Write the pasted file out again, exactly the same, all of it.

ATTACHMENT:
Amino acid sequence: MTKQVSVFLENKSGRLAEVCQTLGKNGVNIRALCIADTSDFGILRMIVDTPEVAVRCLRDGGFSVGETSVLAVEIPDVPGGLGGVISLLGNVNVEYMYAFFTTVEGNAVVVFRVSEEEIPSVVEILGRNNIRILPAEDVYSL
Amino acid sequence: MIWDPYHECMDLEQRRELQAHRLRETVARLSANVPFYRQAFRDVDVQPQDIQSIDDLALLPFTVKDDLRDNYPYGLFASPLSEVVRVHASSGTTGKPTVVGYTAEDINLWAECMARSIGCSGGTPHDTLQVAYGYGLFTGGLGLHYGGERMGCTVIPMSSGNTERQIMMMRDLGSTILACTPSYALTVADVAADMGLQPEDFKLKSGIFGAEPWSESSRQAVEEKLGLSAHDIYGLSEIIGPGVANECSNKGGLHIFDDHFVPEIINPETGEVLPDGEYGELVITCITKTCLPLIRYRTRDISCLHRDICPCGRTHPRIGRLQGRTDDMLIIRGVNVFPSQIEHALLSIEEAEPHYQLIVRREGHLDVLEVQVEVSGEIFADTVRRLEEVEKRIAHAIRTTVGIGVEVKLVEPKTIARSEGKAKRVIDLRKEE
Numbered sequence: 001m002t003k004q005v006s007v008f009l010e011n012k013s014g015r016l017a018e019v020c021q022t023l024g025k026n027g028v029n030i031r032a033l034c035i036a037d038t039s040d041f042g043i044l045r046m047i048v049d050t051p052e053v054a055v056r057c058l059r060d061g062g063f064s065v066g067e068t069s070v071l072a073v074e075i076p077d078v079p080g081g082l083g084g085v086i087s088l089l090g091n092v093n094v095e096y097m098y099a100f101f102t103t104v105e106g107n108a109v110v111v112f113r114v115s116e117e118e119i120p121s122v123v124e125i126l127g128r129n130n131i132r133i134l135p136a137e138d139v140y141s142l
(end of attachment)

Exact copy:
Amino acid sequence: MTKQVSVFLENKSGRLAEVCQTLGKNGVNIRALCIADTSDFGILRMIVDTPEVAVRCLRDGGFSVGETSVLAVEIPDVPGGLGGVISLLGNVNVEYMYAFFTTVEGNAVVVFRVSEEEIPSVVEILGRNNIRILPAEDVYSL
Amino acid sequence: MIWDPYHECMDLEQRRELQAHRLRETVARLSANVPFYRQAFRDVDVQPQDIQSIDDLALLPFTVKDDLRDNYPYGLFASPLSEVVRVHASSGTTGKPTVVGYTAEDINLWAECMARSIGCSGGTPHDTLQVAYGYGLFTGGLGLHYGGERMGCTVIPMSSGNTERQIMMMRDLGSTILACTPSYALTVADVAADMGLQPEDFKLKSGIFGAEPWSESSRQAVEEKLGLSAHDIYGLSEIIGPGVANECSNKGGLHIFDDHFVPEIINPETGEVLPDGEYGELVITCITKTCLPLIRYRTRDISCLHRDICPCGRTHPRIGRLQGRTDDMLIIRGVNVFPSQIEHALLSIEEAEPHYQLIVRREGHLDVLEVQVEVSGEIFADTVRRLEEVEKRIAHAIRTTVGIGVEVKLVEPKTIARSEGKAKRVIDLRKEE
Numbered sequence: 001m002t003k004q005v006s007v008f009l010e011n012k013s014g015r016l017a018e019v020c021q022t023l024g025k026n027g028v029n030i031r032a033l034c035i036a037d038t039s040d041f042g043i044l045r046m047i048v049d050t051p052e053v054a055v056r057c058l059r060d061g062g063f064s065v066g067e068t069s070v071l072a073v074e075i076p077d078v079p080g081g082l083g084g085v086i087s088l089l090g091n092v093n094v095e096y097m098y099a100f101f102t103t104v105e106g107n108a109v110v111v112f113r114v115s116e117e118e119i120p121s122v123v124e125i126l127g128r129n130n131i132r133i134l135p136a137e138d139v140y141s142l